- Posted Nov 29, 2012
Michelle Lohr | Painter
Artmuse welcomes artist Michelle Lohr. Originally from Israel and painting since the age of 3, Michelle is a now a full time artist living in Austin, Texas. She attended Haifa University majoring in painting, sculpture and drawing.
After years of not painting regularly, she recently taught herself art and slowly got back into it through painting every day. Although her art education was attained 23 years ago, her ability to get back in to her daily art practice confirms that art has always been an innate part of her life. Recently, Michelle has been painting a variety of subject matters from landscape, figurative and spiritual inspirations. Her use of color and her imagination allows her style to constantly evolve.
AM: What words best describe you?
ML: Outside-of-the-box-thinker, passionate, original, demanding, loves to learn and enjoys life and people.
AM: How do these descriptions relate to your art?
ML: The best way to describe it is that I try to be original in everything that I do, including my art. I never copy anyone’s idea. I am passionate about my art and I am demanding when I create it, always trying to come up with new ideas, meaning and spirituality.
AM: Where did you grow up? Tell us a bit about your background.
ML: I grew up in the Northern city of Haifa, Israel. I lived there until the age of 23. I attended Haifa University where I acquired my Bachelors in Fine Art. Israel’s landscape has always inspired me, especially now, when I live far away. It’s a romantic and beautiful country.
AM: Do the landscapes, experiences, and culture of Israel inspire your art now?
ML: Absolutely! I must admit that I would probably be painting more of Israel’s landscape if I were still living there. Israel’s sunlight has a unique color. I always noticed it. Many artists are drawn to paint in Israel, not only because of its historical beauty, but, because of the color of daylight. Yes, Israel’s landscape is very unique especially the older historical towns. It has inspired my paintings and I intend to create more art related to Israel in the future.
AM: What is it that drives you to create art?
ML: I was competing in art competitions in elementary school and winning gave me confidence to pursue it. Inspiration and imagination drive me to paint. Art is an inner urge within me that has to come out.
AM: What about your imagination inspires you?
ML: My imagination allows me to sometimes interpret the unknown to all of us. For instance…What happens after death? What does heaven or hell look like? Will I see my grandmother? Art touches a spiritual side of me as well. Sometimes questions about life will drive me to paint from imagination. My painting Gates to Heaven is one. I painted a gate and then created and abstract, vague portrayal of an unknown place. What makes this painting important to all religions is that it emphasizes our vulnerability as human beings.
Recalling this painting has unfolded a personal story of a woman who saw my Gates of Heaven. She later revealed to me that she had cancerous brain tumors. She told me that my Gates of Heaven had inspired her and that now she believed that she was going to that beautiful place in my painting. My art reassured her and my interpretation of heaven allowed me to connect with someone dying. I often wonder how many times she had thought my painting before she had died and I hope I put at her at ease somewhat.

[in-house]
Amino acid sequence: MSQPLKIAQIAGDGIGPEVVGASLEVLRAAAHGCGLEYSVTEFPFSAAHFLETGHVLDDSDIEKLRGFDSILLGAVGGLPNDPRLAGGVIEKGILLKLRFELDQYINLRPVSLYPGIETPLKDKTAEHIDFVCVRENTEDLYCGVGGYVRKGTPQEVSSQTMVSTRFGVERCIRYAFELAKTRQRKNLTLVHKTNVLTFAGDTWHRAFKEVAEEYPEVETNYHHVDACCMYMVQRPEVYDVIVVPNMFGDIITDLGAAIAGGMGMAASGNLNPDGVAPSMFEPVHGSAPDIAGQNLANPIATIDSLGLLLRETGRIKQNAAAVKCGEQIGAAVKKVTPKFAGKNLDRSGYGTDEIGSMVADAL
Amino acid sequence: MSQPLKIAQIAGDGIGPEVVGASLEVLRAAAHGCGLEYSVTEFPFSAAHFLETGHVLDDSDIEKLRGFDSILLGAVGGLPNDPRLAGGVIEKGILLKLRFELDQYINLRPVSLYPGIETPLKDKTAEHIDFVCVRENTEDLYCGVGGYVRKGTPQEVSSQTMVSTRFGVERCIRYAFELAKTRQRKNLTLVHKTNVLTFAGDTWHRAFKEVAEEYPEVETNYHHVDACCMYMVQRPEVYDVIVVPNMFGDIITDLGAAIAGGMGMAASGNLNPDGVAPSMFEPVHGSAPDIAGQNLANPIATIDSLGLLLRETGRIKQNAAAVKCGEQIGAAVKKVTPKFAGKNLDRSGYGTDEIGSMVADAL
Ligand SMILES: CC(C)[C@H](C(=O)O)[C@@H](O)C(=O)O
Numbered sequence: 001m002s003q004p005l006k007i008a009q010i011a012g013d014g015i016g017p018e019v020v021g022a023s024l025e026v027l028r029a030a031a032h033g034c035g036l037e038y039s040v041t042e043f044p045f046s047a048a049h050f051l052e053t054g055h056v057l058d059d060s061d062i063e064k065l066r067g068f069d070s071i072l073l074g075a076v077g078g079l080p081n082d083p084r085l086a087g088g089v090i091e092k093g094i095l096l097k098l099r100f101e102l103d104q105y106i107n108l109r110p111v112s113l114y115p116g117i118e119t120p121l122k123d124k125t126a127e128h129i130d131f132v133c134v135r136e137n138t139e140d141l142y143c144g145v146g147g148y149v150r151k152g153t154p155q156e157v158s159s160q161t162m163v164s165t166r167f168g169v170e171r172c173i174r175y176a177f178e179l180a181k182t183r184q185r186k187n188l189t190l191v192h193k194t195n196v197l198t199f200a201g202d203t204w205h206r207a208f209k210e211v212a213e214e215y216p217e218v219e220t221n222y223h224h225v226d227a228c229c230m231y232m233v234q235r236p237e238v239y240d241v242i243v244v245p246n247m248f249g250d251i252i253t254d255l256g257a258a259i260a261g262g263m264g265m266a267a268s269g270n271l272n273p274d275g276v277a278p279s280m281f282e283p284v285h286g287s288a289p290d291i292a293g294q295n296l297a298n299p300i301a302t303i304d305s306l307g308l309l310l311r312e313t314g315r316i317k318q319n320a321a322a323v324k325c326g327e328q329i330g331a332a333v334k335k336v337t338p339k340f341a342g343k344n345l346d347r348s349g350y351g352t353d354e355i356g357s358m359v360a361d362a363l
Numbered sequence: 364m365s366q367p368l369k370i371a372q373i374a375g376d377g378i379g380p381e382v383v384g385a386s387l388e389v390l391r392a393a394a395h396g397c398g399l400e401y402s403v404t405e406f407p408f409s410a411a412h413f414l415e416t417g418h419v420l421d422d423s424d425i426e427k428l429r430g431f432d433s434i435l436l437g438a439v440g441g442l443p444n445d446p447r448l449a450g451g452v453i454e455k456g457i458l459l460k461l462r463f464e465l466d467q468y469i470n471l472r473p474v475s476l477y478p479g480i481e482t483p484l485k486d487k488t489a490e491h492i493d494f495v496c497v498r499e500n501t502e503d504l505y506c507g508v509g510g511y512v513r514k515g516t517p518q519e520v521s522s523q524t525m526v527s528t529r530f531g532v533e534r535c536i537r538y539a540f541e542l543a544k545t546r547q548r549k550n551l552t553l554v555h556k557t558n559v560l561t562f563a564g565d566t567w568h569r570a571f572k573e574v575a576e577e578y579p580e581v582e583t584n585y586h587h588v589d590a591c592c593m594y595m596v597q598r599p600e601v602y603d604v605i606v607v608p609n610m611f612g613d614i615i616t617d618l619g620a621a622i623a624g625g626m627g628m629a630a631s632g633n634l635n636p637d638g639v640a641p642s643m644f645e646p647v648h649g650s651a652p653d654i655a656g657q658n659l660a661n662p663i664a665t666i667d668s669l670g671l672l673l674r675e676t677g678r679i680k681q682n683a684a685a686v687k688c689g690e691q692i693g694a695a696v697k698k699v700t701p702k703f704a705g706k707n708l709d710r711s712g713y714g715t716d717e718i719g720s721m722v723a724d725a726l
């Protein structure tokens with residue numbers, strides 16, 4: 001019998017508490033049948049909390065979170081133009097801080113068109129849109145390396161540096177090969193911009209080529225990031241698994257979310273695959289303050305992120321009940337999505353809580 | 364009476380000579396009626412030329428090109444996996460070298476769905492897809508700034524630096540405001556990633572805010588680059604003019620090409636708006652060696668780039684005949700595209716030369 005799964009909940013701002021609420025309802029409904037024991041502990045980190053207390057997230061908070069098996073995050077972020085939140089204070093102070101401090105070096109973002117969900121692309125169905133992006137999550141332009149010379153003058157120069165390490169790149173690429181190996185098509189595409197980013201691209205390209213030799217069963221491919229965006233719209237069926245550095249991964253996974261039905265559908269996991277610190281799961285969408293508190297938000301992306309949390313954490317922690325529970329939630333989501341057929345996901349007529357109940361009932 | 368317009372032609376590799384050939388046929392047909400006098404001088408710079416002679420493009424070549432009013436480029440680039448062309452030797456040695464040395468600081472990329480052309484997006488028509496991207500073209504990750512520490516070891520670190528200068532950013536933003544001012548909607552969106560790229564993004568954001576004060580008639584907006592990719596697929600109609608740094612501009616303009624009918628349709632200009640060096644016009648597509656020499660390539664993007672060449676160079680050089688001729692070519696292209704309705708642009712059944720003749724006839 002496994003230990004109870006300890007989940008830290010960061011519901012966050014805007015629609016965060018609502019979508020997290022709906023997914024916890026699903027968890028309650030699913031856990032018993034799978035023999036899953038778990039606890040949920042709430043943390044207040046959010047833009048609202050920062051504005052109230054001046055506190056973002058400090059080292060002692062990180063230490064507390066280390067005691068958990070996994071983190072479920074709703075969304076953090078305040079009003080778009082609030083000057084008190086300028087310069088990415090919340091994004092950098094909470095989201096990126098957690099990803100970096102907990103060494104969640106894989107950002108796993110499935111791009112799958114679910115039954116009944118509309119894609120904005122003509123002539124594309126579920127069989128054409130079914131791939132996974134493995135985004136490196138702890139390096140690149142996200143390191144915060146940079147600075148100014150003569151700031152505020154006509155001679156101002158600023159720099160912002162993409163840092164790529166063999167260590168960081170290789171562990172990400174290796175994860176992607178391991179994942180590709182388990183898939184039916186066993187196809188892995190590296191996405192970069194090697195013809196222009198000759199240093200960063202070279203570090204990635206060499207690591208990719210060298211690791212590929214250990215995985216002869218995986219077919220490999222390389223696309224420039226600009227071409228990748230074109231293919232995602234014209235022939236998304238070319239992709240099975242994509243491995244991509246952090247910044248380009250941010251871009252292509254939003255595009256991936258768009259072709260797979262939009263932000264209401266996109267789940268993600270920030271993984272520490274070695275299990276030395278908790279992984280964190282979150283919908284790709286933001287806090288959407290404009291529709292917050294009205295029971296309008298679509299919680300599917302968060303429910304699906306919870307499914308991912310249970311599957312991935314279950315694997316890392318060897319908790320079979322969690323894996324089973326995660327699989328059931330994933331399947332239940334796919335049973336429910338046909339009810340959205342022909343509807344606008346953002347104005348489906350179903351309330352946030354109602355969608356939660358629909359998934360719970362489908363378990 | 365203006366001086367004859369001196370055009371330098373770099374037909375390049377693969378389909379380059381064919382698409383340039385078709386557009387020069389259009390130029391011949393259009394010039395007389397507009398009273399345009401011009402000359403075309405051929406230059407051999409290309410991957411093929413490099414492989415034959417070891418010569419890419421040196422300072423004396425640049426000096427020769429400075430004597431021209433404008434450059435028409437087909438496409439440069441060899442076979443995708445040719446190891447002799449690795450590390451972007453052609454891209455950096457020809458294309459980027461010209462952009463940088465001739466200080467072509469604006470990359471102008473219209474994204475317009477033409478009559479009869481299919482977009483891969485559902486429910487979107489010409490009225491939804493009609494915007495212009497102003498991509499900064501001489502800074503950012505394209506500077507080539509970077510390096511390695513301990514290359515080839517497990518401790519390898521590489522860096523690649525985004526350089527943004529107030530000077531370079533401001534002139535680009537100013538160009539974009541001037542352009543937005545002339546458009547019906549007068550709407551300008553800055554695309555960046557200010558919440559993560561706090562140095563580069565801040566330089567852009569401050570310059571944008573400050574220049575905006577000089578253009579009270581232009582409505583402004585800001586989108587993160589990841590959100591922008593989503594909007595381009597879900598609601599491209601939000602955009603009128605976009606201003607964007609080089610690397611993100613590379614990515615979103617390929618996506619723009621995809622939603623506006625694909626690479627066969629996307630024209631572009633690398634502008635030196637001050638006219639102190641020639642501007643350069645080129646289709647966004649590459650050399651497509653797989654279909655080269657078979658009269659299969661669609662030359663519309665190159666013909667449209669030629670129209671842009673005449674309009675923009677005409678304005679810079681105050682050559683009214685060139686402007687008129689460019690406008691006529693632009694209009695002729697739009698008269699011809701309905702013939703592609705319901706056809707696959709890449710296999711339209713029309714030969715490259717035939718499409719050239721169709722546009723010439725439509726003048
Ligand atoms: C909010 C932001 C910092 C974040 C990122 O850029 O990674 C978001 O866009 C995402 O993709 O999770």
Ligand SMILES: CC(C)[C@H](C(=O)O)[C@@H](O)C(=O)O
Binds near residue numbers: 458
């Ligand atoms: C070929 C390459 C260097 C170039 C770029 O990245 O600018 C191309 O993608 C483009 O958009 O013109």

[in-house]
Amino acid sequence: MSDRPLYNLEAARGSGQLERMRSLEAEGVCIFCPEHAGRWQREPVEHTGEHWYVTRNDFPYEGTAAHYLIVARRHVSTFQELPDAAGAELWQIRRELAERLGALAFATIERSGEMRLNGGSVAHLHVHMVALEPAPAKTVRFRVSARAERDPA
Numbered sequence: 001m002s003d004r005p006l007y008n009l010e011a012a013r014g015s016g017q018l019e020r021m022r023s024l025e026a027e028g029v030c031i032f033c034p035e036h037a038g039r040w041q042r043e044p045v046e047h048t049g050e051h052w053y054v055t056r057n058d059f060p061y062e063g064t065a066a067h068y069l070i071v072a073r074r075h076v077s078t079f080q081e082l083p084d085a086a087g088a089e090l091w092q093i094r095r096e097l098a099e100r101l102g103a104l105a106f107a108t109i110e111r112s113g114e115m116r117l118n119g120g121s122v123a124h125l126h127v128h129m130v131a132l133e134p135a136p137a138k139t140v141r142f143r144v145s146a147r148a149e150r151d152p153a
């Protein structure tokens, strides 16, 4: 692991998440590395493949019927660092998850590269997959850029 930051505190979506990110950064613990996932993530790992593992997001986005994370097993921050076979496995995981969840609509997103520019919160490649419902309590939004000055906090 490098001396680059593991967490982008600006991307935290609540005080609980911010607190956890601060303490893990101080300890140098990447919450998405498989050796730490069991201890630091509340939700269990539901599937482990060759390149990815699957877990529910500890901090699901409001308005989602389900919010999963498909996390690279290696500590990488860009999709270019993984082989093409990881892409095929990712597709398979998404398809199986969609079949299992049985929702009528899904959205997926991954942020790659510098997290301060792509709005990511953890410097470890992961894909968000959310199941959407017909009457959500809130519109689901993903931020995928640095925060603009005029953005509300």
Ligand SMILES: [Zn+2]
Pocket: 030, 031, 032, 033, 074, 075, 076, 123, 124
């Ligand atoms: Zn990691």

AM: Who are a few of your favorite artists?
ML: Henry Matisse and Claude Monet. I have seen these artists work in-person many times. I love Henri Matisse because of his use of color and subject matter. I love his interior paintings, (Harmony in Red) those paintings have momentum and depth. I can look at them for hours. I also love his portraits, Woman with Hat, for instance. His paintings have a character about them that I just love.
Claude Monet’s landscapes are just amazing! I love the he uses colors and textures. His paintings are soft and subtle. I was at the MOMA in New York last year and I could not get over the special texture and view of his Water Lilies – amazing. His technique and use of the brush are very apparent from his paintings. The texture of the water lilies was very special. When you got close to the painting you could feel the water lily and when you stepped back it all fell into place. This was a unique experience for me.
AM: What is your current medium and what other mediums do you work in?
ML: I currently work in acrylics, looking forward to doing collage this coming year at AMOA.
AM: Do you have a process when you paint? Why are you interested in collage?
ML: Sometimes I may draw rough lines and have an idea in mind and then I create. But, most of the times I think I paint like people exercise. I start painting and when I get into it that’s when the process begins. I hardly sketch. I just let that special moment take place (mental orgasm) and take it from there. That’s the best way to describe it.
I love collage, the way it looks and the abstract element of it. There is something beautiful and very interesting about it. My instinct is that I would be successful at it, though, I’ve never studied it.
MICHELLE ON ART
AM: What makes a piece successful in your eyes?
ML: A combination of color and movement. It all depends what you are looking to create. Since art for me is an interpretation of what I see I never like to paint subjects that look exactly like reality. I like to give it my own interpretation.
AM: Tell us more about your interpretation process…
ML: Most of the time I don’t look at anything and paint from imagination. And, if I am looking at something, I will give it my own interpretation. If I am successful at the interpretation, then I have done what I was looking to do. It is proof that I am in the right direction. I think it’s too easy to paint things just the way they are. I see it as though I am required to and want to pursue my own interpretation to make it unique and my own.